We drove up to the house, exchanged greetings and were then led to stacks and stacks of shellac. We started loading the milk crates and immediately realized that these records were all predominately late 40's & 50's pop vocals. I stopped loading the van and started thumbing through each stack only to find out that these were the most common, not to mention blandest, 78's ever produced. I never found a single jazz, blues, old-time or even a Goodman on red Columbia. I had enough Doris Days, Dinah Shores & Mitch Millers back home to shingle a Sam's Club and was definitely not in need of more.
After sifting through the pile, the deal was called off and we loaded the empty crates back into the van and dejectedly drove away. Being that far from home, we stopped at a hotel for the night. I started searching on my phone for any 78's that may have been posted online for sale. I came across an ad for a little less than a thousand 78's about 30 minutes south of where we were. Made contact and set up a look-see for the next morning.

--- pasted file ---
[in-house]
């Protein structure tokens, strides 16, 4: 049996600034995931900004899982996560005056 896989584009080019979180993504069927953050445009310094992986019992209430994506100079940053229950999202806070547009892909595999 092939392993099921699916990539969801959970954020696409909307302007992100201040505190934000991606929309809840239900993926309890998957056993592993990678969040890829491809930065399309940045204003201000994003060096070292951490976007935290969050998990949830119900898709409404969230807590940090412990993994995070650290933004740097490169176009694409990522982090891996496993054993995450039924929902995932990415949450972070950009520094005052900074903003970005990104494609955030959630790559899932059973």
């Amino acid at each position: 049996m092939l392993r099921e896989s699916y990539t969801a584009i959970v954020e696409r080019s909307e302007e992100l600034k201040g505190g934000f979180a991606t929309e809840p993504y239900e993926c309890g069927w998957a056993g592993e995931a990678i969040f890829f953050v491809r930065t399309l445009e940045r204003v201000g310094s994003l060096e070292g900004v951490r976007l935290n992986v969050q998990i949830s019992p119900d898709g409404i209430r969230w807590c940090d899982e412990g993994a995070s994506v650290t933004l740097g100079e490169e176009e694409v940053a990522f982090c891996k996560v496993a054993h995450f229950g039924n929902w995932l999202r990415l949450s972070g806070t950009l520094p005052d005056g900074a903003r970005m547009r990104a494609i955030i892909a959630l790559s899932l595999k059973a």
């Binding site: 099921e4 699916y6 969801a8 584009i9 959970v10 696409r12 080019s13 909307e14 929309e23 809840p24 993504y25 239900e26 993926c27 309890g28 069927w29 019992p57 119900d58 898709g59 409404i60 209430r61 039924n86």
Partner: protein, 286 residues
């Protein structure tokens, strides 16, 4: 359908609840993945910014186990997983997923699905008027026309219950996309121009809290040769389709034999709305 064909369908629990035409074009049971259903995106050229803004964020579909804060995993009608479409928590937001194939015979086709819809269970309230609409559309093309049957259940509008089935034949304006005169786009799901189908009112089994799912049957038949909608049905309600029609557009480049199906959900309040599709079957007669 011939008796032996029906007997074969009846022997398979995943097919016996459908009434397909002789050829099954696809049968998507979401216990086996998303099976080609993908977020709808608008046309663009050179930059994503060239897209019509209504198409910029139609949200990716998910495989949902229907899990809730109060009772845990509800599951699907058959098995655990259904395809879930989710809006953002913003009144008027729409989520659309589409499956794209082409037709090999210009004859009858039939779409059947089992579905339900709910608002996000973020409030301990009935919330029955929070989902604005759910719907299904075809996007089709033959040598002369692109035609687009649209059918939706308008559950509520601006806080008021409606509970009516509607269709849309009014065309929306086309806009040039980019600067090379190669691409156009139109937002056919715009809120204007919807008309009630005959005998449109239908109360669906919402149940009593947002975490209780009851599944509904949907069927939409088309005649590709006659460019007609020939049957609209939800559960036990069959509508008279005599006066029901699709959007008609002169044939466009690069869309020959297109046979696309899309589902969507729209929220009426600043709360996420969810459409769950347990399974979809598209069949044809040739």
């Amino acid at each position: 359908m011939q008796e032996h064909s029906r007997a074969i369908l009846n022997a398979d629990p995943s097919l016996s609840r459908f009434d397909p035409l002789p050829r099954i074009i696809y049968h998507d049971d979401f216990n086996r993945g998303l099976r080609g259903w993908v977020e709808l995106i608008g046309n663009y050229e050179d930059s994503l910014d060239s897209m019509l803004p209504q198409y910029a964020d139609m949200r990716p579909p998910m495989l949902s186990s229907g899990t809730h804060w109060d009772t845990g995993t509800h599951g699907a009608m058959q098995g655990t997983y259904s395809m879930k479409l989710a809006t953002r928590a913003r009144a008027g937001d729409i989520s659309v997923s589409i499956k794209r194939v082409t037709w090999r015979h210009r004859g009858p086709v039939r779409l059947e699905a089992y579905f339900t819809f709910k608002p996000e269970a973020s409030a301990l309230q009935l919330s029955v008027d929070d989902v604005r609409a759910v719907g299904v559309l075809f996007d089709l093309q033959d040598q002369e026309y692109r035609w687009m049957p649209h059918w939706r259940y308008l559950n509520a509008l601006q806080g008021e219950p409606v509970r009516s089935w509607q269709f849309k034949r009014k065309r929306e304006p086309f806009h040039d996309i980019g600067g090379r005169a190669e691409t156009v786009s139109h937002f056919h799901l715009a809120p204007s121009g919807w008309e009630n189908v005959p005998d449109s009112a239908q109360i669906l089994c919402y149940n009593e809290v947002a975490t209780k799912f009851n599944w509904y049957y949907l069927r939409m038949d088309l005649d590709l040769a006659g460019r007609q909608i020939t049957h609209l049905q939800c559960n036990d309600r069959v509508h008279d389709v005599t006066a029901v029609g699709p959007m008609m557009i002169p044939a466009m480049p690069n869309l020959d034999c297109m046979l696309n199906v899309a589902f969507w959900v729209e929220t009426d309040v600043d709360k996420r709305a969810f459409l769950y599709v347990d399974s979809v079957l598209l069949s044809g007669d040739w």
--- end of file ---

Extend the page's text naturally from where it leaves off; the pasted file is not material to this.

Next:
Still feeling the sting from the day before, the thought of maybe salvaging the trip brightened the mood a bit. Making our way through rural farmland, we reached our destination. A visit that should have taken 30 minutes tops, lasted for several hours. The conversation flowed very easily and many commonalities emerged.
It didn't take long to glance over the top records of each stack to realize that these were records that I would be more than happy to acquire. I easily worked out a price and proceeded to load up the van.
Getting home later that night, I couldn't sleep thinking about sorting through the rest of the records that I didn't get to see. Apart from a bunch of Blind Boy Fullers (someone must have been a fan) along with some other similar blues artists, the haul included a wonderful red Gennett with the Original Indiana Five on one side and Fess Williams & His Royal Flush Orchestra on the flip...
along with some great old-time country and cajun tunes.